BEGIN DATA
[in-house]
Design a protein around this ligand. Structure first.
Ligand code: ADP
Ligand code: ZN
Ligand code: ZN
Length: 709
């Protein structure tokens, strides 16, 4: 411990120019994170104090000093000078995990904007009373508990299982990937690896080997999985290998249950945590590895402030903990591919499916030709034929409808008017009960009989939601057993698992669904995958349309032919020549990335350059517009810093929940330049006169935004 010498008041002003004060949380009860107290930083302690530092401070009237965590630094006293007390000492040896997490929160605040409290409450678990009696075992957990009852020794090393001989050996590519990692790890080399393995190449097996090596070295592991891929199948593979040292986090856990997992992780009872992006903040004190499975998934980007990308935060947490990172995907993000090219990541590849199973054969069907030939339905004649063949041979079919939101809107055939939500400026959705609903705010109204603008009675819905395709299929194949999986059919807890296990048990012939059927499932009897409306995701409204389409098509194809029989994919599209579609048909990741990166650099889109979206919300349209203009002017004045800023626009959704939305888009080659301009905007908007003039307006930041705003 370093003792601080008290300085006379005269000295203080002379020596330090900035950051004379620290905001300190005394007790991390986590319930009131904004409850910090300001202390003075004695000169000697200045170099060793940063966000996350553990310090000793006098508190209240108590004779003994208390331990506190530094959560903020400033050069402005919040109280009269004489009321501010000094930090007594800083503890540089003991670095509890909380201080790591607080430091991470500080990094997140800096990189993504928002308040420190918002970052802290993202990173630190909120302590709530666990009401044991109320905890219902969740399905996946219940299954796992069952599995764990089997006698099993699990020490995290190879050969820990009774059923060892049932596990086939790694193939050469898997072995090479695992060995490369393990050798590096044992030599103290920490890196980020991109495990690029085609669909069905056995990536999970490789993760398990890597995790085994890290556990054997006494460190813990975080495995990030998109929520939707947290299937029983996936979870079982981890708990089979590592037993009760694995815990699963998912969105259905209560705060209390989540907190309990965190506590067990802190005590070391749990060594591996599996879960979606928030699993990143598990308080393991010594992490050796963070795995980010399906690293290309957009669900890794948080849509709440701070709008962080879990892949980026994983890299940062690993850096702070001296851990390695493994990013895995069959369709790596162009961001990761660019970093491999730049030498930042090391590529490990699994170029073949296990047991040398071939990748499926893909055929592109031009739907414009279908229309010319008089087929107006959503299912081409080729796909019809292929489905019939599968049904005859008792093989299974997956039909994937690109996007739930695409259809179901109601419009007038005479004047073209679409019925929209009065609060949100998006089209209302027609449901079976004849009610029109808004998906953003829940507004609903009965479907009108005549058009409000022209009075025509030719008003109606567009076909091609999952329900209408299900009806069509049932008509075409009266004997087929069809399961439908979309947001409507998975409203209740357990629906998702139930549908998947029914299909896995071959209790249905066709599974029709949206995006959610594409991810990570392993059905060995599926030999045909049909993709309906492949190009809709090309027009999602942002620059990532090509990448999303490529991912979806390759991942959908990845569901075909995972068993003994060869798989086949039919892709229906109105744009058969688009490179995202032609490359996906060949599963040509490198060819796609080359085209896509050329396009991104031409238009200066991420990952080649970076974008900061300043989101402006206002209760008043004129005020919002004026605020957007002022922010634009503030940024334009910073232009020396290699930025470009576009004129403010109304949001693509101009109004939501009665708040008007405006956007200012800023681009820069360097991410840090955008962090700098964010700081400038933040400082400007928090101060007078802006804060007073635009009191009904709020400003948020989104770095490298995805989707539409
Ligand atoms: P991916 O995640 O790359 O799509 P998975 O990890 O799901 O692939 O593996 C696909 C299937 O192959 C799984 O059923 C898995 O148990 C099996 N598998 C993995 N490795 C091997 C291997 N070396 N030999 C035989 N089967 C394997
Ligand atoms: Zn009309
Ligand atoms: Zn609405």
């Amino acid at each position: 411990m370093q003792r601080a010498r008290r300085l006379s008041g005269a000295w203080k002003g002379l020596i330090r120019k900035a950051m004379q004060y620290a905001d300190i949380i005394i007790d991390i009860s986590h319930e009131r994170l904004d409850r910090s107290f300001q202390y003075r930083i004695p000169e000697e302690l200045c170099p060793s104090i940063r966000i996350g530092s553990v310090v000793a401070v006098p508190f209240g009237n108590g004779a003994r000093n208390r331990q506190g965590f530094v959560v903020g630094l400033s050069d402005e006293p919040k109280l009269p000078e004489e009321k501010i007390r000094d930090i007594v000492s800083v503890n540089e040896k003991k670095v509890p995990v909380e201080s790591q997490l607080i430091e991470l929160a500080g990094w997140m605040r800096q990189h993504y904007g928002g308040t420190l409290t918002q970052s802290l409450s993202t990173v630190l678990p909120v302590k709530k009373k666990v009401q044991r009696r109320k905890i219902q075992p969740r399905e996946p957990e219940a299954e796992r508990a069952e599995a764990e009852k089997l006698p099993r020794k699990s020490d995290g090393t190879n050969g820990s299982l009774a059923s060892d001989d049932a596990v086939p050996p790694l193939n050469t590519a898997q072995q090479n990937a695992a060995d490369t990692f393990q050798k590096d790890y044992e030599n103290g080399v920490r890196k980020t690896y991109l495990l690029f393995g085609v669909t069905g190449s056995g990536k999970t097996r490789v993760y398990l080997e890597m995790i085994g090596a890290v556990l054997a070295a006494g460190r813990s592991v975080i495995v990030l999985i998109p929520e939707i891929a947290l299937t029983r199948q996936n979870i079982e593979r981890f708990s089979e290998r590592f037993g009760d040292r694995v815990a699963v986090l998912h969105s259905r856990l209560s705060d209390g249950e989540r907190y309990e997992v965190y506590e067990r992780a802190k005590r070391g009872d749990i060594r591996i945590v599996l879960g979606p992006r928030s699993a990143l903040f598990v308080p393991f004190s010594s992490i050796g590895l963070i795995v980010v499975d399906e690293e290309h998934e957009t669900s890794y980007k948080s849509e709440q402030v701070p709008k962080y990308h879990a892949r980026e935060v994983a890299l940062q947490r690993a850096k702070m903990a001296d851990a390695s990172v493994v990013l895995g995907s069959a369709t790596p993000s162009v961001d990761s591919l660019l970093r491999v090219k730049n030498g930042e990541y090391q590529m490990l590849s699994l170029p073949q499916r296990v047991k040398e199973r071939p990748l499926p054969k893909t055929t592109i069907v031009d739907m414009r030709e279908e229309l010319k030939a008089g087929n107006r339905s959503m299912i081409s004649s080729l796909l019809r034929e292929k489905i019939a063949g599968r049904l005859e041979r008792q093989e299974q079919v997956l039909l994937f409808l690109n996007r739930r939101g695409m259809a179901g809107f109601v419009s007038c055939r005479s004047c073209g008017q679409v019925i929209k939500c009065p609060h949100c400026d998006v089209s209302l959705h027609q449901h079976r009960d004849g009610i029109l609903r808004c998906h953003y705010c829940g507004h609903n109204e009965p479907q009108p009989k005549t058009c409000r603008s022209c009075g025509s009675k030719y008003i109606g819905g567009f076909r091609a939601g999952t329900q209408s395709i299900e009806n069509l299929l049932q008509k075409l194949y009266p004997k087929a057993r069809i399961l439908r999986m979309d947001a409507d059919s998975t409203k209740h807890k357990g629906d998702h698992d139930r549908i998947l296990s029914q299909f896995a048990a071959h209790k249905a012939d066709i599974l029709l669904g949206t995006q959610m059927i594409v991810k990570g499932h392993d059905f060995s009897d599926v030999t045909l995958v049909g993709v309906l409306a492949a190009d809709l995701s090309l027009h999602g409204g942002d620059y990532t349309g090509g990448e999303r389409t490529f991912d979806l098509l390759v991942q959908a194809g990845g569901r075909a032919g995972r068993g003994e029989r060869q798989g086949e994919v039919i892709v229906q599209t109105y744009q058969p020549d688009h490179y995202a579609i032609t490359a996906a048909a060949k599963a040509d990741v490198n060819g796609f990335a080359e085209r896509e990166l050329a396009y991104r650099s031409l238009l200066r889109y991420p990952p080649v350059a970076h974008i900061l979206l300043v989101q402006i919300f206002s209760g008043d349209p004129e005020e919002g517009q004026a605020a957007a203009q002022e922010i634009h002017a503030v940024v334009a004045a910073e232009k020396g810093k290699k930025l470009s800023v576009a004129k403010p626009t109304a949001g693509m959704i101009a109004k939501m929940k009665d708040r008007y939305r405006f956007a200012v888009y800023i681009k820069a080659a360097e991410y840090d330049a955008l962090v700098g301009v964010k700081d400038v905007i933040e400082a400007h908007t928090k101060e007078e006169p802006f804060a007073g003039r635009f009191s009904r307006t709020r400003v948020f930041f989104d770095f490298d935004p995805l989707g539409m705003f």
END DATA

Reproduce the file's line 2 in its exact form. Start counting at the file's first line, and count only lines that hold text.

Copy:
Design a protein around this ligand. Structure first.